Most importantly, the Flex 5G is worth its $ 1,500 investment. This is especially important as you won't get the best configuration at this price. You won't feel like you've spent that much money on a laptop that just isn't built well enough.

Connectivity is relatively limited with just two USB-C 3.2 ports on the left and a 3.5mm audio jack on the right. There is also a nano SIM card slot and a switch to physically turn on airplane mode. For such a futuristic device, we were disappointed to see Wi-Fi 5 and not Wi-Fi 6 for Bluetooth 5.0.

Keyboard and touchpad

The Flex 5G has the same keyboard as pretty much every Yoga and Flex laptop. It has wide key caps with a lot of space and a snappy mechanism with a soft bottom. It may be my imagination, but the version of the Flex 5G seemed a bit flatter than some I've tried, and that's not my favorite quality. I like to travel a bit in my keyboards. Overall, however, I doubt that a lot of people will complain, and I typed very quickly at pretty full speed. Compared to some other great keyboards, the Flex 5G falls behind the excellent examples of the HP Specter x360 13 and Dell XPS 13, not to mention the fantastic Magic keyboard of the latest MacBooks.

The touchpad has average dimensions for this size of a laptop and supports the Precision Touchpad protocol from Microsoft. Multi-touch gestures and general cursor control were excellent, and I had no complaints. The touch display also responded, although I'm sure some people will be very disappointed that there is no active pen support. This is pretty much a given for modern 2-in-1 players and is missing here.

Windows 10 Hello support without a password is provided in two ways. First, there is an infrared camera for facial recognition that works just as well as any other device with similar features. Second, there is a fingerprint reader on the keyboard deck, which was also quick and responsive. It's nice to have the option.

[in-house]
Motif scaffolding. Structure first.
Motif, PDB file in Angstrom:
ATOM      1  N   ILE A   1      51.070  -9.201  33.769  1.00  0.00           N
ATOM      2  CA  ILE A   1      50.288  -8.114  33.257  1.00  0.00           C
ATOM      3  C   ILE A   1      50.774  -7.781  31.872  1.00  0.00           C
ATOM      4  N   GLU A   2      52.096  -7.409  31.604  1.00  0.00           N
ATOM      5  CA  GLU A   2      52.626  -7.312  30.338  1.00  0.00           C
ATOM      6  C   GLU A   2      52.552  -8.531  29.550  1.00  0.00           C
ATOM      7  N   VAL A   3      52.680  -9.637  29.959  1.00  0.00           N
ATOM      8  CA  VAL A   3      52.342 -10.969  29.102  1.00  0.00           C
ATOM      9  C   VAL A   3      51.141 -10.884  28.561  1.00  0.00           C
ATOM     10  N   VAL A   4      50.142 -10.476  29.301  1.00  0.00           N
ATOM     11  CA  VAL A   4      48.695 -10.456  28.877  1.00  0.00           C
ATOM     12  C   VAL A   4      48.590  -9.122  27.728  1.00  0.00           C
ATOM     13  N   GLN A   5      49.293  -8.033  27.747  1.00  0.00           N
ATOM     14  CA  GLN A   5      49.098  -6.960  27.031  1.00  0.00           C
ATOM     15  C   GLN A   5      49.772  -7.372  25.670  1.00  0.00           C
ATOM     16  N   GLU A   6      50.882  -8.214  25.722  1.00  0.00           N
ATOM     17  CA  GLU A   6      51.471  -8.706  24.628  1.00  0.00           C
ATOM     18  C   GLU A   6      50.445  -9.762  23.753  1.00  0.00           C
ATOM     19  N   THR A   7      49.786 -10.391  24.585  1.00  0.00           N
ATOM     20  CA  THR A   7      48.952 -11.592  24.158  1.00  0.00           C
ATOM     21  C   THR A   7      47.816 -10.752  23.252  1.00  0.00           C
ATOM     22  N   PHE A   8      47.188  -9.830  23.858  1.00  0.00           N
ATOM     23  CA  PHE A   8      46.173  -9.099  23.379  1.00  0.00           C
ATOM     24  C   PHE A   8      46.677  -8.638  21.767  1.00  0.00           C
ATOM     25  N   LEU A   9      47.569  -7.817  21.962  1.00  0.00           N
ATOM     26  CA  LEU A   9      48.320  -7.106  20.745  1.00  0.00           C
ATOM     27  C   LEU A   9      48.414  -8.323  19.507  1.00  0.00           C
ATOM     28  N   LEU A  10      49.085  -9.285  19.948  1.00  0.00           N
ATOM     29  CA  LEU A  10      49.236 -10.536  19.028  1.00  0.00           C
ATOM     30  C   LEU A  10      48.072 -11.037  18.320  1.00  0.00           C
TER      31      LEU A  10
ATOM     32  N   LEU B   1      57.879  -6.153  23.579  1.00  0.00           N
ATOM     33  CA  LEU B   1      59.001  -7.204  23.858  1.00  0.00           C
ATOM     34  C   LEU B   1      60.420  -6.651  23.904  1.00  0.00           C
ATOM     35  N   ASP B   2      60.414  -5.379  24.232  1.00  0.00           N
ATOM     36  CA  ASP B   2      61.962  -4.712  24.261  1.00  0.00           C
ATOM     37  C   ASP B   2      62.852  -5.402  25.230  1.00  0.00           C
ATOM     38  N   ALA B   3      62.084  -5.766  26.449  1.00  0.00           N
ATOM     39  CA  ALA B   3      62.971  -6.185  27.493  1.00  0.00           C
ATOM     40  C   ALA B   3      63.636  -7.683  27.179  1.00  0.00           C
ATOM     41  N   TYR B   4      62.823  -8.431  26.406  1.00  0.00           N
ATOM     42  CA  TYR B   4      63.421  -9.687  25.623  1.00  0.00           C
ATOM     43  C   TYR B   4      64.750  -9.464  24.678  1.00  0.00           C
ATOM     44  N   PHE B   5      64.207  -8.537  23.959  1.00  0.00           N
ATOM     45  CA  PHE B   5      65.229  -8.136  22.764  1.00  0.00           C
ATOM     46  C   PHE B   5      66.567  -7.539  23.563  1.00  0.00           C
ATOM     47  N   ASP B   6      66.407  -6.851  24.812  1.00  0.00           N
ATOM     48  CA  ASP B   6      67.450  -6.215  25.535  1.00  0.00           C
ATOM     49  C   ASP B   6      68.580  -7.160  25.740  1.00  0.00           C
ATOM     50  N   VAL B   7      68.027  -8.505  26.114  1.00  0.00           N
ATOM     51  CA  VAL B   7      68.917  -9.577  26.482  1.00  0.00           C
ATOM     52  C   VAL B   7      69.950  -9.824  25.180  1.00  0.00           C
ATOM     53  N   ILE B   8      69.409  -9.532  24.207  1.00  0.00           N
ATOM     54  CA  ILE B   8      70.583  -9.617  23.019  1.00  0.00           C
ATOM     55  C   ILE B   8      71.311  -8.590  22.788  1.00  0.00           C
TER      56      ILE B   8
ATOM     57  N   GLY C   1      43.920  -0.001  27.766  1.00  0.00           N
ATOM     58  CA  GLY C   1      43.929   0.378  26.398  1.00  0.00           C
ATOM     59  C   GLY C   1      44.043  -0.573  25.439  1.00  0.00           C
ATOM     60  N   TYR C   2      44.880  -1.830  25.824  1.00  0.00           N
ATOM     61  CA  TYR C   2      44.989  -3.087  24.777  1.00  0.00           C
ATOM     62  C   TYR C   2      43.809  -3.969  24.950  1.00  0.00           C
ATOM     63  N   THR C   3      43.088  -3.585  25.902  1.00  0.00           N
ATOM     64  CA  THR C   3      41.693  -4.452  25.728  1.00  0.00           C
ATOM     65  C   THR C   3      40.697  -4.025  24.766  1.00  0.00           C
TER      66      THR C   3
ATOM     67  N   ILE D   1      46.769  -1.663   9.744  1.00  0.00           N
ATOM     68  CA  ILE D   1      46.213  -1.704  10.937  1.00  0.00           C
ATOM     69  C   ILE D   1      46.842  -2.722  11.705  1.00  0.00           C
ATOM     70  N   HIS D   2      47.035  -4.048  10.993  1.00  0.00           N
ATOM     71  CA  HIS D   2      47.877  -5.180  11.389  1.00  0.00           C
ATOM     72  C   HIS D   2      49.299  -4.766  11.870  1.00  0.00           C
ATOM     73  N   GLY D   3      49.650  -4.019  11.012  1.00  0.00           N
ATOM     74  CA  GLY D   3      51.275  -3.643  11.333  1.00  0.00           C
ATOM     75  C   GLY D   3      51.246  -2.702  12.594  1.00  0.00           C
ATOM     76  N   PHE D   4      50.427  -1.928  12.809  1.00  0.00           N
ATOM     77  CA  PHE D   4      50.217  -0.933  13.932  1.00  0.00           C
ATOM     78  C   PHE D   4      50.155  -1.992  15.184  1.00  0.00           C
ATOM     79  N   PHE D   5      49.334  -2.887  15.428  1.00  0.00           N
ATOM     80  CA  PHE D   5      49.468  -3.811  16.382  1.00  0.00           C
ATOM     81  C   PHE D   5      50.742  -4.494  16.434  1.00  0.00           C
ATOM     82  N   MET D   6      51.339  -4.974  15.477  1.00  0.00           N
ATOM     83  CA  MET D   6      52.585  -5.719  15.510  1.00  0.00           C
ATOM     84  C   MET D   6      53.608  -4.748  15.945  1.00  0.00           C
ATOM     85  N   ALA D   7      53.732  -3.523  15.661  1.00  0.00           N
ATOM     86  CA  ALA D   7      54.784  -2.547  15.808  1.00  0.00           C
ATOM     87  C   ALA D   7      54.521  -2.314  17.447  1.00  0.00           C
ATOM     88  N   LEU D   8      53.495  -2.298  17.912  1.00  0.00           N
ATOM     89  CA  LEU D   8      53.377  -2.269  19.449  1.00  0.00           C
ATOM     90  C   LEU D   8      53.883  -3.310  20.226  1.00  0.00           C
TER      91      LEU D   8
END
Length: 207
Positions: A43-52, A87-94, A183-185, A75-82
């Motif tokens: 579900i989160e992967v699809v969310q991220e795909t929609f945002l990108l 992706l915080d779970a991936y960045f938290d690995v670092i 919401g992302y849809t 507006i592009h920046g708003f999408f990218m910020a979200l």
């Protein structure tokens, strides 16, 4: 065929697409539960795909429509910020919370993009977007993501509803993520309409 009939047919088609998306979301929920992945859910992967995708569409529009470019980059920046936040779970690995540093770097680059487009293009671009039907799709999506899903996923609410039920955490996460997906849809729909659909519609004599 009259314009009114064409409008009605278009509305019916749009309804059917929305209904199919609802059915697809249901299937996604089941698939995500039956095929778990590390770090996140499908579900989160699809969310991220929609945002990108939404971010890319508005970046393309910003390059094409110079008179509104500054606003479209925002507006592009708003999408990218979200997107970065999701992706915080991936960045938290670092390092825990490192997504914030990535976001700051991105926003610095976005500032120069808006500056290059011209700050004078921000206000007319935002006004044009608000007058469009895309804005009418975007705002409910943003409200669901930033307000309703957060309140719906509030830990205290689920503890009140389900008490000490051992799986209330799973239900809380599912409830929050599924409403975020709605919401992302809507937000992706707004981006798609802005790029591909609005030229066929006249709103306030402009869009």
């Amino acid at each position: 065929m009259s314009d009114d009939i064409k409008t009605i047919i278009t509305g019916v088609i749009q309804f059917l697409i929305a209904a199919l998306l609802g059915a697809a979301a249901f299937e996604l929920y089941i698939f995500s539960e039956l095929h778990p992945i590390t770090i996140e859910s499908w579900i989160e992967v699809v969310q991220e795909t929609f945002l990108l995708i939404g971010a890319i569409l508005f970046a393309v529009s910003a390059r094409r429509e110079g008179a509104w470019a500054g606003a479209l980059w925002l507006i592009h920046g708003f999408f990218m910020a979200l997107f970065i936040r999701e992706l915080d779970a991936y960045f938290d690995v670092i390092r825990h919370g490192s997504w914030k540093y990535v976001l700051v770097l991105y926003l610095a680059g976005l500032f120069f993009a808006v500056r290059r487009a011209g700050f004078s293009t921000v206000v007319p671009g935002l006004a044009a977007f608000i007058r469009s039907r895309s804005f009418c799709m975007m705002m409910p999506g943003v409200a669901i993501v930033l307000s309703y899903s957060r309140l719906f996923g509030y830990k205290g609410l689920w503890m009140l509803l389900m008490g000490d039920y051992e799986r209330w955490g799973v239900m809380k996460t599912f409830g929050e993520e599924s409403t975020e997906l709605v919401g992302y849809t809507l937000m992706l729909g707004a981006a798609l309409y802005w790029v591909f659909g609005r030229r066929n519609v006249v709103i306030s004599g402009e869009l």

display

My colorimeter does not work with the Flex 5G due to a lack of drivers, so I could not operate the display with the usual test battery. I have trained the display well and can make some subjective observations.

First, the display is bright and is likely to approach Lenovo's 400 nits rating. I wouldn't say it competes with direct sunlight, but it's bright enough to be used in most other ambient lights.

Second, the colors were bright and natural, and the display showed a lot of contrast. Black text on a white background – my bread and butter – appeared, and I never thought the text looked washed out.

Finally, I enjoyed seeing Netflix on the display, and I suspect the gamma is just right. I cannot confirm how accurate the colors are and whether it is a good ad for creative types, but the typical productivity worker and home user should find the ad a pleasure.

The audio quality was mixed. The volume was low despite the two upward-facing speakers next to the keyboard, but there was no distortion. Not surprisingly, the bass was missing, but mids and highs were right where they should be. Again, it's a good laptop to watch Netflix on, though headphones wouldn't be a terrible idea.

Our opinion

The Lenovo Flex 5G isn't the game changer it wants to be, but it's not entirely to blame. 5G speeds and coverage make it difficult to justify a purchase based on connectivity alone. In the meantime, Windows support for ARM is an ongoing project that Microsoft is still involved in.

These two technologies are likely to play a major role in the future of laptops. The Flex 5G's incredible battery life is proof enough. However, Qualcomm, Microsoft and Verizon each need to build a lot of infrastructure before a laptop like the Lenovo Flex 5G can be truly successful on its own.

Are there alternatives?

There are no other 5G laptops on the market right now, but they are coming. And if they support more than Verizon's relatively limited 5G coverage, they may be better options from that perspective alone. So that's something to watch out for.

If you don't need a 5G, you can consider the HP Specter x360 13 with 4G LTE. You'll spend about $ 150 less and get a much faster laptop, but you won't get anywhere near enjoying the battery life. Think in half here.

How long it will take?

The Lenovo Flex 5G is a well-built laptop that should last for years, but the performance is slow. In the meantime, 5G and Windows with ARM technology could see a much wider adoption in the coming years, and the Flex 5G should last long enough to see the benefits.

The one-year warranty is typical and disappointing.

Should you buy it

No – at least not yet. While battery life is excellent, performance is mediocre and can barely keep up with basic productivity and media usage tasks. This always connected lifestyle will be practical – but only once does 5G see a more impressive introduction.